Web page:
Zambia ordered to pay $380 million to Libya

By:
Natalie Bannerman
Published on:

The Zambian government has been ordered to pay $380 million to the Libyan Investment Authority over the nationalisation of Zamtel

The London High Courts, have ordered Zambia to pay Libya $380 million as compensation for nationalising Zamtel.

The trouble began when the Libyan Investment Authority (LIA) took the Zambian government to court over its abrupt reversal of the sale of Zamtel without compensation. At the time LIA owned a 75% stake in Zamtel, while the Zambian government owned the remaining 25%.

The LIA is reportedly pursuing similar action against Chad, Rwanda and Niger, according to the London Financial Times. "Those four countries took advantage of Libya’s political turmoil to nationalize assets belonging to the country’s $66 billion sovereign funds,” said the LIA in its report.

At the start of 2011, LAP Green Networks, a subsidiary of LIA, held stakes in nine telecoms operators across sub-Saharan Africa, including: Chad’s Sotel Tchad, Oricel in Côte d’Ivoire and Gemtel Telecom in South Sudan.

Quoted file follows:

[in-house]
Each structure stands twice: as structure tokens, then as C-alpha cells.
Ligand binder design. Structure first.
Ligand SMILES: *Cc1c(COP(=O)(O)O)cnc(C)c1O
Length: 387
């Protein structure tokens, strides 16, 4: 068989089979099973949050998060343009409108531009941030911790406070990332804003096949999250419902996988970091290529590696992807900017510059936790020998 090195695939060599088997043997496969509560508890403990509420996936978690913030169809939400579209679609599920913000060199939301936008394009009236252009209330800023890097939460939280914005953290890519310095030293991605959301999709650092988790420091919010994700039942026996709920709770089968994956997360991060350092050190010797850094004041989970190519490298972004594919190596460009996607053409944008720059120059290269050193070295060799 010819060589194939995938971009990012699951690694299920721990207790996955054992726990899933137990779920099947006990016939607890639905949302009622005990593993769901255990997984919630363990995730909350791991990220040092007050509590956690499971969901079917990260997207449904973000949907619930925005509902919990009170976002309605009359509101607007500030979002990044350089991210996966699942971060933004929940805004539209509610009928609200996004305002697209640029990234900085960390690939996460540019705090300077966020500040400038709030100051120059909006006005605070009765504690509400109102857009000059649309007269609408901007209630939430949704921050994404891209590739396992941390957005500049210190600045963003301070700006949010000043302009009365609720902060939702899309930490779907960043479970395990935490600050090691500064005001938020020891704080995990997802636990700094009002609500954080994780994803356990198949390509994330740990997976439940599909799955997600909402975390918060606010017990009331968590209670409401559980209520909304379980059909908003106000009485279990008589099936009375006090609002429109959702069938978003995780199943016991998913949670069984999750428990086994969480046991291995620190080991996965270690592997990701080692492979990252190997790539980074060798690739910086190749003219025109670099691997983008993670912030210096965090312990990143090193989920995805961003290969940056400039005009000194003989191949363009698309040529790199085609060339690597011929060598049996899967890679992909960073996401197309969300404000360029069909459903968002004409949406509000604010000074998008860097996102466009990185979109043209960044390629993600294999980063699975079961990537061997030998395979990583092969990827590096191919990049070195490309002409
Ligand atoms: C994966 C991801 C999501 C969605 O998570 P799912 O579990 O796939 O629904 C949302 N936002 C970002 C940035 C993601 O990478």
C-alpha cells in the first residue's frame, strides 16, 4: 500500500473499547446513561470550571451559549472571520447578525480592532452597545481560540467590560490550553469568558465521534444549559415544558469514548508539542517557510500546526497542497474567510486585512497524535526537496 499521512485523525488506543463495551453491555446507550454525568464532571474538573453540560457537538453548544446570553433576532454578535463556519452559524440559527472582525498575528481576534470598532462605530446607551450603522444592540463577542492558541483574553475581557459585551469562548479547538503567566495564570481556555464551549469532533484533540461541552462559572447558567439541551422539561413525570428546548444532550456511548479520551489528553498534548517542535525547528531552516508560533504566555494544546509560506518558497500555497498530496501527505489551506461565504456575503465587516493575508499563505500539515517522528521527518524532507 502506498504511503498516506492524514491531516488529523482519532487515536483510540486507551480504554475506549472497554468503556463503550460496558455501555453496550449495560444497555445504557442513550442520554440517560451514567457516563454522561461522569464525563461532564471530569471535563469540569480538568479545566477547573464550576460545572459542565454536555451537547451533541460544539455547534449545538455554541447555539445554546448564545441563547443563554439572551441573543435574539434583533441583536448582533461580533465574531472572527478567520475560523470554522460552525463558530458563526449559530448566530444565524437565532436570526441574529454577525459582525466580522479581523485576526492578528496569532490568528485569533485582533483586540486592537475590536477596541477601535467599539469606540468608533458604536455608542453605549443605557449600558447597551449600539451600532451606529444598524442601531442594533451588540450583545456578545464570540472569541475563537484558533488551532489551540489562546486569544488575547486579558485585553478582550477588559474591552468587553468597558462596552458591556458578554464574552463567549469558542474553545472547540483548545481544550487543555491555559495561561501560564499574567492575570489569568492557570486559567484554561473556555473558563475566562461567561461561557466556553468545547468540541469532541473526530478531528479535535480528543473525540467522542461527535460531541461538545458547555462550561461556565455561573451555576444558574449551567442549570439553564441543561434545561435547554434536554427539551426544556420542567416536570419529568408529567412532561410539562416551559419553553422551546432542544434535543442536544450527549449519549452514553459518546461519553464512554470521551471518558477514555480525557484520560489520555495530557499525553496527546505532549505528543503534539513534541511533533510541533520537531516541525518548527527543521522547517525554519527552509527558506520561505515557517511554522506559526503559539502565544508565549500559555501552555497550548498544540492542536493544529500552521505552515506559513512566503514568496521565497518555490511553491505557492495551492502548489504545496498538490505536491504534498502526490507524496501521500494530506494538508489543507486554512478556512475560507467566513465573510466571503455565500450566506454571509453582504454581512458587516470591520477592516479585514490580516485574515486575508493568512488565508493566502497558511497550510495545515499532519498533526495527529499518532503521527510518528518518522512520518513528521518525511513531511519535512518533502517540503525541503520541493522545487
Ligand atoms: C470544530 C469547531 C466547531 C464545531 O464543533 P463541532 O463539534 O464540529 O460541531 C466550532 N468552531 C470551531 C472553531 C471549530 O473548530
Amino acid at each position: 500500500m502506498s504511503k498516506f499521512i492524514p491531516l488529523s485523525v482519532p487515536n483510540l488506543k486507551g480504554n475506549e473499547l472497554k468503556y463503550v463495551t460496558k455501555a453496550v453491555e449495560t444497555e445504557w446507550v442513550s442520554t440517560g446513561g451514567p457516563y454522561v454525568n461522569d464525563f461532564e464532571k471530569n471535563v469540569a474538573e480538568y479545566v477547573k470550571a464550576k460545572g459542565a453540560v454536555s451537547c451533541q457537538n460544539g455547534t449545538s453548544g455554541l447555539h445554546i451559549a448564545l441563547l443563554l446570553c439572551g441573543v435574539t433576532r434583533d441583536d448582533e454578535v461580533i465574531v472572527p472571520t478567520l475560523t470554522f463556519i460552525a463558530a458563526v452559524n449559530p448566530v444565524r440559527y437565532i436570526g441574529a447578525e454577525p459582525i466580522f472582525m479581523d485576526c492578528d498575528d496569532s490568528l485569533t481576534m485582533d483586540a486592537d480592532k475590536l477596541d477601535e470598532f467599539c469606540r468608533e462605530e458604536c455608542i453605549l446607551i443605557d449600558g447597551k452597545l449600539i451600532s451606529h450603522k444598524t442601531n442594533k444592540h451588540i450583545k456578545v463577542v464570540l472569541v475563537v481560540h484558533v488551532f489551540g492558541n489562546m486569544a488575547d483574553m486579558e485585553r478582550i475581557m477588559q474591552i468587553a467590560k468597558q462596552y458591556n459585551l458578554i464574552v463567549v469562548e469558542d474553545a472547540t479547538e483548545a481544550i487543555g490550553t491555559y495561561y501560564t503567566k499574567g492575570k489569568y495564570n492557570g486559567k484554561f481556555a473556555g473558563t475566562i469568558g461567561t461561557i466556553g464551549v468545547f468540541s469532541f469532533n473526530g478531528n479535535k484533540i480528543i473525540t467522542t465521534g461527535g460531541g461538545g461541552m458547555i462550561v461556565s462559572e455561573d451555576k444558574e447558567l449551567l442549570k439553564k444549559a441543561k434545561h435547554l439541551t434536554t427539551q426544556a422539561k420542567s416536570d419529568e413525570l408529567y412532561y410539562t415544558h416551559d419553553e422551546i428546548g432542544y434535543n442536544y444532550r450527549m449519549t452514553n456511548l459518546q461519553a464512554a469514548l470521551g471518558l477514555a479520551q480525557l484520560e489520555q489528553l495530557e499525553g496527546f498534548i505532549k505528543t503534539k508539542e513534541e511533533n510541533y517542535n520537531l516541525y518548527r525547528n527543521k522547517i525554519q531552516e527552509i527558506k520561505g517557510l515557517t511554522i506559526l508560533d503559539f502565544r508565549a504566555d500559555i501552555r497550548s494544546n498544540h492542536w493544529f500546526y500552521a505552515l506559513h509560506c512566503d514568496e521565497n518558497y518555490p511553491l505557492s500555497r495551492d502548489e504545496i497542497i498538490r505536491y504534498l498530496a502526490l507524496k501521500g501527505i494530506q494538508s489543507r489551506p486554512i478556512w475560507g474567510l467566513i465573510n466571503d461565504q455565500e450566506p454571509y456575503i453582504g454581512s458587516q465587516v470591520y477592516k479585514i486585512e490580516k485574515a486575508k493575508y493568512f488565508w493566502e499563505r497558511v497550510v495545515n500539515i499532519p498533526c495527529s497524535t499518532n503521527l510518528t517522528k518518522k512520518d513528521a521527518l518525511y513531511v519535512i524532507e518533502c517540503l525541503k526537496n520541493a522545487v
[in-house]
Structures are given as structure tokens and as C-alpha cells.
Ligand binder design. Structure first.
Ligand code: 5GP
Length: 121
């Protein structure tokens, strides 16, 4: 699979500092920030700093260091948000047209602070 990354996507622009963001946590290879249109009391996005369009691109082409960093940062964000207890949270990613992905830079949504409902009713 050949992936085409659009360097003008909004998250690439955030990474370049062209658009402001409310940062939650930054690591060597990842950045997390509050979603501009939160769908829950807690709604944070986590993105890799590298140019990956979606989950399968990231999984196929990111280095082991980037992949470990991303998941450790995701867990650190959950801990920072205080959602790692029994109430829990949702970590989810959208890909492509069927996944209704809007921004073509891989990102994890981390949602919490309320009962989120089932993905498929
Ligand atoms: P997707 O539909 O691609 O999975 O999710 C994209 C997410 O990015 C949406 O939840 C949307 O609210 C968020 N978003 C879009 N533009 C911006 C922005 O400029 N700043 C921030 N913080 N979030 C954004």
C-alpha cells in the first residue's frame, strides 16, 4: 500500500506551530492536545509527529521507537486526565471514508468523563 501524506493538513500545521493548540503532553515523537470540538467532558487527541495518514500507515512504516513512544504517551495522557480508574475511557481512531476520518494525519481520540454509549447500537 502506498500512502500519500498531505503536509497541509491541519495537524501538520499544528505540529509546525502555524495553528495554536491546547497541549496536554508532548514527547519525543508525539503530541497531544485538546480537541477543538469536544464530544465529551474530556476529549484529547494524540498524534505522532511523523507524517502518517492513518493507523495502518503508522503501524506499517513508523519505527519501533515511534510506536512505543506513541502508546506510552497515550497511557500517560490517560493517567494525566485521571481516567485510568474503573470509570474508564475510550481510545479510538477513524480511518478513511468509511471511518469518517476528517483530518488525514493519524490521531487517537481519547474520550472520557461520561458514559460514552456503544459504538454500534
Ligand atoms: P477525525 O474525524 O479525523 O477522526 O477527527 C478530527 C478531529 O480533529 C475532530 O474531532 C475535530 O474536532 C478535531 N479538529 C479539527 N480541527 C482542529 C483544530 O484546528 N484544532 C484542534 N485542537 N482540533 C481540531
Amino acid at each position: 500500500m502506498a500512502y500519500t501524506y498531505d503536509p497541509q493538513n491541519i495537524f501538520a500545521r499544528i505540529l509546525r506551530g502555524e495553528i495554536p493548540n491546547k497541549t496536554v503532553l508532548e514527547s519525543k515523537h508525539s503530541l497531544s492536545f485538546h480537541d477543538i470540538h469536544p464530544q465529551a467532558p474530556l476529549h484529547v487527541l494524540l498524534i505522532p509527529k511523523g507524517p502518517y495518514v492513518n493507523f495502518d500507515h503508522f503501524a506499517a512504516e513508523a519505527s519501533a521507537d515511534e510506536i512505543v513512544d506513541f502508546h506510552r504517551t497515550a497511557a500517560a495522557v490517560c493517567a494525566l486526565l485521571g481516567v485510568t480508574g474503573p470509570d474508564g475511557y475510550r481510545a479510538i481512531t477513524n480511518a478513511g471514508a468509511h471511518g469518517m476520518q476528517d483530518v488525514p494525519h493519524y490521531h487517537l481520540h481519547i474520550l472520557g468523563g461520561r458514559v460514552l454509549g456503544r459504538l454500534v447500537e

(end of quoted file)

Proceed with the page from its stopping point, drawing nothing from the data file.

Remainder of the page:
LAP Green Networks is challenging the government’s actions in court and is asking for £480 million. The London Financial Times quoted Hassan Bouhadi, chairman of the LIA as saying “The LIA is determined to regain what was squandered from the Libyan people.”

Back in September, the Zambian government licensed a fourth mobile operator for operation in the region creating increased competition for the existing three telcos Airtel, MTN and Zamtel. According to reports, the new licence will be issued under a revised procedure that the government introduced in June with the aim of opening up the telecoms market.